Birdlife around St Helens Duver

Five Brent geese inflight across a bright blue sky

The estuary and sea around St Helens Duver on the Isle of Wight is an important wildlife habitat and provides rich feeding grounds for migrating and over-wintering birds.

Birds seen by the shore

Brent geese and wigeon fly south from their breeding grounds in the sub-Arctic to find food. They can be seen here between October and March feeding on the eelgrass beds off St Helens Ledges and in the harbour. Brent geese are one of our smallest geese, with dark plumage and a loud ‘rrouk rrouk’ call.

Birds in the harbour

The harbour area is also important for migrant wading birds such as Dunlin, Redshank, Sanderling and Turnstone, which feed on the invertebrates in the mud. The Dunlin is a small wader which feeds in flocks.
The Redshank has distinctive long red legs, and the smaller thrush-sized Turnstone engages in the painstaking activity of scooping stones up one by one with its beak, then turning or rolling them over to search for crustaceans and insects. In its spring plumage it has a white head with striking black markings and a broad black breast band. Great-crested grebe and Red-breasted merganser, a diving duck with a long serrated bill, feed on fish from the sea. Both are crested, but the male merganser has a distinctive white ‘clerical’ collar.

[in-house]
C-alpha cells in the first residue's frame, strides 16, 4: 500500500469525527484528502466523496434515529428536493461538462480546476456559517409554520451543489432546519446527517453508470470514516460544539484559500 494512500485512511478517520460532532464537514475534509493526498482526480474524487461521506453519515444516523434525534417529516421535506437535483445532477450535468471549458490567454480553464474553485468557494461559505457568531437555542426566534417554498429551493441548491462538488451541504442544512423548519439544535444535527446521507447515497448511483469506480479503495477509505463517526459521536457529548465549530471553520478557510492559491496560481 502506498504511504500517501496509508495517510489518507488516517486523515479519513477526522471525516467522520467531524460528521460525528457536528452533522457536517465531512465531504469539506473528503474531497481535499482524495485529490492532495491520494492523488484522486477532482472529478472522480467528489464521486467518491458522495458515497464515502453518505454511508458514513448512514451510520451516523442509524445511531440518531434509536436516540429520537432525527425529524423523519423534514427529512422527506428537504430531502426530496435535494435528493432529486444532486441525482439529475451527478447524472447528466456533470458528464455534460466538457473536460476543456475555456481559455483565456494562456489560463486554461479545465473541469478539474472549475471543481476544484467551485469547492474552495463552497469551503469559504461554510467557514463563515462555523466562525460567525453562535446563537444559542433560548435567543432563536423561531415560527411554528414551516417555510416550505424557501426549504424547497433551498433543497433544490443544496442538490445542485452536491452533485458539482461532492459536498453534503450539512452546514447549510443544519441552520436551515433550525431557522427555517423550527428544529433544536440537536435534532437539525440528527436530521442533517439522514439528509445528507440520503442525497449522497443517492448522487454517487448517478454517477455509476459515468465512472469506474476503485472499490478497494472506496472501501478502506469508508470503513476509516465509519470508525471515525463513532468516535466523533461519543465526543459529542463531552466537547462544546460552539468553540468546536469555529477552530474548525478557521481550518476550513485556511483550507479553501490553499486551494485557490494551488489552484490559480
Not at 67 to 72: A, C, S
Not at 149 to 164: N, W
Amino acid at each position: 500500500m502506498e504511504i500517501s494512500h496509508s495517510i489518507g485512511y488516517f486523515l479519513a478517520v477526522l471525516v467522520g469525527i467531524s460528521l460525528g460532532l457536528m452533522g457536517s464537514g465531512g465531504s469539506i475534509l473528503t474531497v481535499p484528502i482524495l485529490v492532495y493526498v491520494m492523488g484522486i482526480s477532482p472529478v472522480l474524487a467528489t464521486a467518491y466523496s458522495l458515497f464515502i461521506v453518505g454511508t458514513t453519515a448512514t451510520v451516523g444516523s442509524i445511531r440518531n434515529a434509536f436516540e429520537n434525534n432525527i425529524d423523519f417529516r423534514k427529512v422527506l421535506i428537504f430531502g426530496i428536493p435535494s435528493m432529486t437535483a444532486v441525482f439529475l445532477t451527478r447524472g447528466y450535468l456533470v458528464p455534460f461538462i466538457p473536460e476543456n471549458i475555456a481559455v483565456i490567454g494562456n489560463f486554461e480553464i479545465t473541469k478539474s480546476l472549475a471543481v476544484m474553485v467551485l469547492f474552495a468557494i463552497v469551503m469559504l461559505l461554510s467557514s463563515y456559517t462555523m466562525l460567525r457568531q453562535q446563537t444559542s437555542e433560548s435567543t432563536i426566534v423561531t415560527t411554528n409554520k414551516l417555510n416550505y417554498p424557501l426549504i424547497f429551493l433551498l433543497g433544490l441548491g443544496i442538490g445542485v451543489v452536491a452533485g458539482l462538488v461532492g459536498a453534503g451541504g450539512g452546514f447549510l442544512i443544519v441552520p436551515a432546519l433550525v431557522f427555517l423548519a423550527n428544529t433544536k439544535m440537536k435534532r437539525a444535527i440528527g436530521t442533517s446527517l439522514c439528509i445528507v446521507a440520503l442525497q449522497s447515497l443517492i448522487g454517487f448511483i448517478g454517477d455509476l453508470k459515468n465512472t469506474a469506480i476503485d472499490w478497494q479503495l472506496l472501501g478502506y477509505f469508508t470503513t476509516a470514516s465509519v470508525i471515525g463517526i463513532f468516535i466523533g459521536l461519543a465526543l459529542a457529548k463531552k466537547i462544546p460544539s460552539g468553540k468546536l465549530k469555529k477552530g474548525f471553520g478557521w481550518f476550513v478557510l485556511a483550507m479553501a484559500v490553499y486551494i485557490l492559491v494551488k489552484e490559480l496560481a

The well-named redshank
A redshank probes the waters
The well-named redshank

Birds on the dune system

On the Duver itself you may see Common whitethroat, Wheatear, Chiffchaff and Linnet, mostly migrants. The whitethroat nests in bushes, and in song the male flies up, then sails down into the bushes with its wings spread and tail erect. The Wheatear feeds on the grassland in spring and autumn on migration. It has a white rump and the male has a black eye mask.

Birds by the lagoons

The shoreline, muddy harbour and salt marshes in the lagoons behind our reserve provide rich habitats for birds, especially during times of migration and in winter. Close by on the other side of the Embankment road is the Brading Marshes RSPB reserve, which encompasses most of the reclaimed land of the estuary of the River Yar and includes freshwater lagoons. Not surprisingly, this whole area is excellent for bird watching. Little egrets (which resemble a small white heron), Wigeon, Shelducks, Teal, Brent geese, curlew and lapwings are all regular visitors. Unusual migrants are occasionally blown in too.